Rapid Agile Transformation at a Large IT Organization

Rapid Agile Transformation at a Large IT Organization

Pan-Wei Ng (Ivar Jacobson International, Singapore)
Copyright: © 2016 |Pages: 18
DOI: 10.4018/978-1-4666-9858-1.ch005
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Abstract

This chapter describes the agile transformation of an IT organization in China with about 4000 people including contractors. In the span of one year, 47 teams and 1700 engineers moved from traditional to agile way of working. There was a 44% reduction in development lead-time, 5% reduction in production defects and 22% reduction in production incidents. This agile transformation occurred at two levels. At the organization level, adoption speed was crucial, as we wanted to reach critical mass in rapid time with limited coaching resources. This was very much an entrepreneur startup problem, where customers in our case are teams and members in the IT organization. At the team level, a practice architecture provided a roadmap for continuous improvement. A theory-based-software-engineering approach facilitated deeper learning. Beyond the usual factors for leading successful change, this transformation exemplified the use of a startup mentality, social networks, practice architecture, simulation, gamification, and more importantly integrating theory and practice.
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1. Introduction

Today, agile development has “crossed the chasm” and became mainstream (Maurer & Melnik, 2007). Many organizations have adopted agile development (Vijayasarathy & Turk, 2008). However, failures to agile adoption are not uncommon and the ride towards agility can be bumpy (McAvoy & Butler, 2009). Regardless, the industry is now seeking new frontiers towards agile development. For example, teams are extending agile principles to IT operations in the form of DevOps (Spinellis, 2012), and to novel product development in the form of Lean Startup(Ries, 2011). Still, there are others who want to be successful not only in small development, but also in large development, such as using Large Scale Scrum (LeSS)(Larman & Vodde, 2013), Scaled Agile Framework (SAFe) (Leffingwell, 2010)and Disciplined Agile Delivery (DAD)(Ambler & Lines, 2012). Many authors and organizations have shared their experiences in large-scale agile development. Babinet and Ramanathan shared their experiences with dependency management in salesforce.com(Babinet & Ramanathan, 2008). Read and Briggs shared their experiences with large-scale agile design(Read & Briggs, 2012). Paasivaara and Lassenius shared experiences with scaling Scrum to large distributed development, with specific emphasis on the product owner role(Paasivaara & Lassenius, 2011). Fitzgerald et. al studied scaling agile methods to regulated environments in an industry setting(Fitzgerald, Stol, O'Sullivan, & O'Brien, 2013). However, there is little literature discuss how to effectively, systematically and rapidly enable a large organization to transform to an agile development, which is the emphasis of this chapter.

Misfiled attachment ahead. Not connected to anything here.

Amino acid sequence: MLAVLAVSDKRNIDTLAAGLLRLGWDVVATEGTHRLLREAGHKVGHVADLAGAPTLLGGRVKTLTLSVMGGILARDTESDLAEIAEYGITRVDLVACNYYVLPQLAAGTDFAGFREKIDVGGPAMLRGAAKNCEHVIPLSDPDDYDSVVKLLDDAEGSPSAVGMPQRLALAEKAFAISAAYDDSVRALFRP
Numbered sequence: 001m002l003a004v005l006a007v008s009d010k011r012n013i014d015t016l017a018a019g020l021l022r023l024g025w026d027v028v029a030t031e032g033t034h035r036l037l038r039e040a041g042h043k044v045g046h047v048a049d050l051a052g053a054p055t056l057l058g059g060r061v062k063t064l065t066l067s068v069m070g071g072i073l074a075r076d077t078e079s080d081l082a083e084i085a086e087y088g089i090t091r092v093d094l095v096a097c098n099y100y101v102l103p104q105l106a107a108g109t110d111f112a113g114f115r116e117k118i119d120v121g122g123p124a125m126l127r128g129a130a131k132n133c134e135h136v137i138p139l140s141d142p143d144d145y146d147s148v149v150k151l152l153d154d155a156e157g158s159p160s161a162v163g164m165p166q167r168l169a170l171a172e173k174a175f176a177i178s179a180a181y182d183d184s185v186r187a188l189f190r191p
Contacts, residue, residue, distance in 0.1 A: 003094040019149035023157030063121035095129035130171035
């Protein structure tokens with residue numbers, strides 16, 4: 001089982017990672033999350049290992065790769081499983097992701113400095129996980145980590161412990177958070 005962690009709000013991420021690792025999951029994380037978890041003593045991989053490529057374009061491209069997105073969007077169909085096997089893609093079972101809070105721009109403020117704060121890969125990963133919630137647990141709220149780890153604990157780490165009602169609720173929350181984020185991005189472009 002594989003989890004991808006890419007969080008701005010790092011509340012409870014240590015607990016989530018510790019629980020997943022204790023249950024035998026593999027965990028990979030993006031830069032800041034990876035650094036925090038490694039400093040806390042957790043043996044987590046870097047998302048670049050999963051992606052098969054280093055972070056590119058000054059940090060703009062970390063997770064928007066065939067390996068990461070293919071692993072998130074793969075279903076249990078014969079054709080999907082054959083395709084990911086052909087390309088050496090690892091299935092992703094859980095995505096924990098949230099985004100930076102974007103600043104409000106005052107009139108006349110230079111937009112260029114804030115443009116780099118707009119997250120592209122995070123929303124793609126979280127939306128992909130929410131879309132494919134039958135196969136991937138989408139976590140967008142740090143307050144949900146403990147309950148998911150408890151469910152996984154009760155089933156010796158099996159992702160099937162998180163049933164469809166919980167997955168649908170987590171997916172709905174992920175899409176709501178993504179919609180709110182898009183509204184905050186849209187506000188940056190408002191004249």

In this chapter, we highlight the enabling approaches that helped an IT organization of 4000 people including contractors transform from a traditional way of working into an agile one that is responsive to business needs. The author was the lead coach and advisor to this transformation. Our work with this IT organization occurred at two levels, organization and team.

At the organization level, it is really a change management process. A number of works exist on leading such changes including Kotter’s 8 step process for leading change(Kotter, 1995), Prochaska’s stages of change, (Prochaska et al., 1994) Lewin’s three steps to organization change (Lewin, 1989) and Gleicher’s formula for change(Dannemiller & Jacobs, 1992). However, our experience is that an organization was not a monolithic entity, but a complex network of social entities, where each entity can influence another. An agile transformation endeavor is then about systematically propagating change (i.e. the message and spirit of agility) across the organization to different entities (i.e. teams), often across organizational silos. Even though the IT organization in our case study had a top-down culture, a top-down directive would not work in the long run, but instead would kill the spirit of agility and innovation. Thus, agile transformation is about seeking out teams who would embark on the agile transformation journey with us and help us spread the message. This in effect is very much like a startup company. Blank (Blank, 2013)stated that a startup is a company designed for rapid search to find a scalable and repeatable business model. In the same way, we are rapidly searching for a way to scale the agile transformation across the organization to all teams. This involves not only organization changes such as removing silos, but also community activities to spread various teams’ successes.

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